Unfortunately, many people who see Green Zone will assume it is close to reality because it is just loosely enough based on the real story to rub people the wrong way. The film’s characters are composites of real-life personalities, and anyone familiar with the Iraq war saga will recognize them. As a young, Washington-based reporter for the (now defunct) New York Sun, I spent a lot of time covering this story, which involved interaction with multiple personalities both inside and outside the U.S. government — officials at the Pentagon, the State Department, vice-president Dick Cheney’s office and scholars at various conservative think-tanks, particularly the American Enterprise Institute. . . .

Green Zone recounts that tale. The focus is on a unit of American soldiers tasked with tracking down Saddam’s WMDs. This unit really existed: I saw it myself. I reported from Iraq in May 2003 as what was known as a “unilateral” — a journalist not embedded with a military unit. The reporter who was embedded with this unit, MET Alpha, was Judith Miller. She had taken a break to go back to the United States. In her absence, I stepped in. David Kay, who went on to become chief U.S. weapons inspector but was then working as a consultant for NBC News, was also with us.

By the time I arrived in early May, all leads on WMDs from pre-invasion information or credible sources on the ground had been exhausted. MET Alpha was resorting to leads obtained from regular Iraqis. One episode I recall led us to a barnyard on the outskirts of Baghdad after a taxi driver told one of the soldiers that weapons might be stockpiled there. All we found was an abandoned chicken coop and some empty mortar shells in adjoining farm fields.

One thing that the film has right is its portrayal of the soldiers of MET Alpha. They were nothing less than paragons of professionalism. They worked hard hunting for weapons and did so to the best of their ability. They may not have found stockpiles but they did recover artifacts stolen by Saddam’s vicious intelligence service and other important documents. Chief Warrant Officer Richard “Monty” Gonzales, the soldier on whom the Damon character is based, remains a friend to this day, and worked as a key consultant on the movie.

Any director venturing to make a war movie is wading into dangerous waters. The gamble paid off for Kathryn Bigelow, whose film The Hurt Locker earned her an Oscar for best director and best picture. Green Zone has been criticized harshly, particularly by conservatives, for being anti-American — an allegation that Gonzales told me is “flat-out unbelievable,” particularly given that more than 200 Iraq veterans took part in making the film, including him. . . .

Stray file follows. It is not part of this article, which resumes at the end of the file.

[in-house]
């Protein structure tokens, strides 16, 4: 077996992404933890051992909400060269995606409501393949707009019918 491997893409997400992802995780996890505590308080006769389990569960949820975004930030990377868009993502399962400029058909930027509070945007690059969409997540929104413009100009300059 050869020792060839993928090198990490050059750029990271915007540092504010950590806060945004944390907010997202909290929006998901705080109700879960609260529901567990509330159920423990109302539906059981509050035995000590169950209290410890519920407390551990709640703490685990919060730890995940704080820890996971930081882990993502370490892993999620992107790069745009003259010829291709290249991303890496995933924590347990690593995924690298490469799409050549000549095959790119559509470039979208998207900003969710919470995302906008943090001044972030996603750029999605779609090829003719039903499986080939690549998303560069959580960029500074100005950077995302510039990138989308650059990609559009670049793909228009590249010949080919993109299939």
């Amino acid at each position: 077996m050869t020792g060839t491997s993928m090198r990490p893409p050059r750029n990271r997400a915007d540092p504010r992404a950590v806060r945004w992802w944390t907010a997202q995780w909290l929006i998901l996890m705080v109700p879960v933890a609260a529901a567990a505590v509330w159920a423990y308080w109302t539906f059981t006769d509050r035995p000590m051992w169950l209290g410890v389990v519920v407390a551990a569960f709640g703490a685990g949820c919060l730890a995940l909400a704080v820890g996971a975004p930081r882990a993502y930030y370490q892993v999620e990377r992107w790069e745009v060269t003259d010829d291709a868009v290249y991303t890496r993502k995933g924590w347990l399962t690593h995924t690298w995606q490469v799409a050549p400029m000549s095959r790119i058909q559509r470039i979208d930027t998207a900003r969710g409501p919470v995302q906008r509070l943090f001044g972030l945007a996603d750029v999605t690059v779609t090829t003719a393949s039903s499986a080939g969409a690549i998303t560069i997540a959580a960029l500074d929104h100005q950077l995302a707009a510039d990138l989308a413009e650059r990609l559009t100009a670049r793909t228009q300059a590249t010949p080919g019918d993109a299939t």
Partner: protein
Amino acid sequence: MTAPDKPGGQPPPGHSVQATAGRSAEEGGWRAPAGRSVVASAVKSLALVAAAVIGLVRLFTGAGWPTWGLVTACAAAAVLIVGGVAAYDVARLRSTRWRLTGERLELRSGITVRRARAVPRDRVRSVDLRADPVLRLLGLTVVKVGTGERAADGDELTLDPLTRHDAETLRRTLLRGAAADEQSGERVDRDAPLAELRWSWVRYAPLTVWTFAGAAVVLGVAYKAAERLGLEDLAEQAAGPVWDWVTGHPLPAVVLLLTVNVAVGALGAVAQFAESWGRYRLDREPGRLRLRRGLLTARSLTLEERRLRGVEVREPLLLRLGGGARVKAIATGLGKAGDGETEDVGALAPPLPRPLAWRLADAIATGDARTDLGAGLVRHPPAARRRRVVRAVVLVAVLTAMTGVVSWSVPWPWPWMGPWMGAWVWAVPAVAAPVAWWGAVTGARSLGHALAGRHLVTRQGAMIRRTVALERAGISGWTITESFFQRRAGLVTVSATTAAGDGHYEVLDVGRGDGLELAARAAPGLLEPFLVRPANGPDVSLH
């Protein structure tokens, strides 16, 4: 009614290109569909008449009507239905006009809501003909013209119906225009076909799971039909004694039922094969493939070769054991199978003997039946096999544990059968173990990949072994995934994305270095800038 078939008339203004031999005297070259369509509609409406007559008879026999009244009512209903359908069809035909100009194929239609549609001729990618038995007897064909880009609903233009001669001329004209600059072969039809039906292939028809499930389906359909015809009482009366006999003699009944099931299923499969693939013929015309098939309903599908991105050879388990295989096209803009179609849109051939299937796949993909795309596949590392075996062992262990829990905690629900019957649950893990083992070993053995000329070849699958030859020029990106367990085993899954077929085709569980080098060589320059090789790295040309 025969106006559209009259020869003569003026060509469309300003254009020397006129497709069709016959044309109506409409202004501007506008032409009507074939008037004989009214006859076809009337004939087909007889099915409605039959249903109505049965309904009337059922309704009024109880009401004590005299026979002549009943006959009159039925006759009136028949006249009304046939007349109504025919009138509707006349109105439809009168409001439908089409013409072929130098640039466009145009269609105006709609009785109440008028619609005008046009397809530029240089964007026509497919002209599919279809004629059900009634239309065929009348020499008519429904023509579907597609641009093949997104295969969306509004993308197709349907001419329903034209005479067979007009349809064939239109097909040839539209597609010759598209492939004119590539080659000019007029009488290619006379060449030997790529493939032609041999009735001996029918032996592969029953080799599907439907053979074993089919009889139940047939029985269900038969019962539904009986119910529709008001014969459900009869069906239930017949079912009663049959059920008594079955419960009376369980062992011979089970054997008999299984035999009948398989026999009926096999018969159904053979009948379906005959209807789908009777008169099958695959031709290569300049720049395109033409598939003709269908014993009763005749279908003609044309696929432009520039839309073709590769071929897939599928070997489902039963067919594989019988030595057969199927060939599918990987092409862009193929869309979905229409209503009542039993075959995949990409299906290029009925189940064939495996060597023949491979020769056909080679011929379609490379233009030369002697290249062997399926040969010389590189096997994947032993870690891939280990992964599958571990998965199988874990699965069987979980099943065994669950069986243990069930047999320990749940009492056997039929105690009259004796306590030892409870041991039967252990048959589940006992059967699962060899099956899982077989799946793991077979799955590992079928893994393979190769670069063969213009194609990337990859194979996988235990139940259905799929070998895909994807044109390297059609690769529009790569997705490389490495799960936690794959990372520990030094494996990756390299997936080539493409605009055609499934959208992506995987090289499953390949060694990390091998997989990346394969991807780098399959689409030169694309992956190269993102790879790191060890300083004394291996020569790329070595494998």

"Sympathy must precede belligerence. First I must understand the other, as it were, from the inside; then I can critique it from the outside. So many people skip right to the latter." -- Steven D. Greydanus
Now blogging at Patheos.com. I can also still be found at Facebook, Twitter and Flickr. See also my film journal.

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Adam Daifallah @ National Post: Unfortunately, many people who see Green Zone will assume it is close to reality because it is just loosely enough based on the real story to rub people the wrong way. The film’s characters are composites of real-life personalities, and anyone familiar with the Iraq war saga will recognize them.

That was exactly my experience. Walking out of the screening, I actually thought that Roy Miller really existed and that the the film was a Hollywood semi-fictionalization of his actual experiences. The bits with "Lawrie Dayne" and "Clark Poundstond" were close enough to whatever I dimly remembered of their real-world analogues to sound plausible to me. Of course a lot of the movie was obviously Hollywood fiction, but I initially assumed it was much more based on actual facts than it turned out to be. 24 hours later, more or less, I knew better. But lots of people walking out of theaters won't be doing fact-checking afterwards.


“I write because I don’t know what I think until I read what I say.” — Flannery O'Connor

Writing at the new Decent Films | Follow me on Twitter and Facebook

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'Green Zone': One informed soldier's perspective

When it comes to watching Universal's "Green Zone," Brian Siefkes is not a disinterested observer.

Siefkes served in Iraq and Afghanistan, and was a member of the Army's Mobile Exploitation Team Bravo, which carried out the hunt in Iraq for the highly touted (but ultimately nonexistent) weapons of mass destruction -- the heart of the "Green Zone" plot.

What's more, Siefkes appears as an actor in "Green Zone," playing Keating, the right-hand adviser to Matt Damon's U.S. Army Chief Warrant Officer Roy Miller.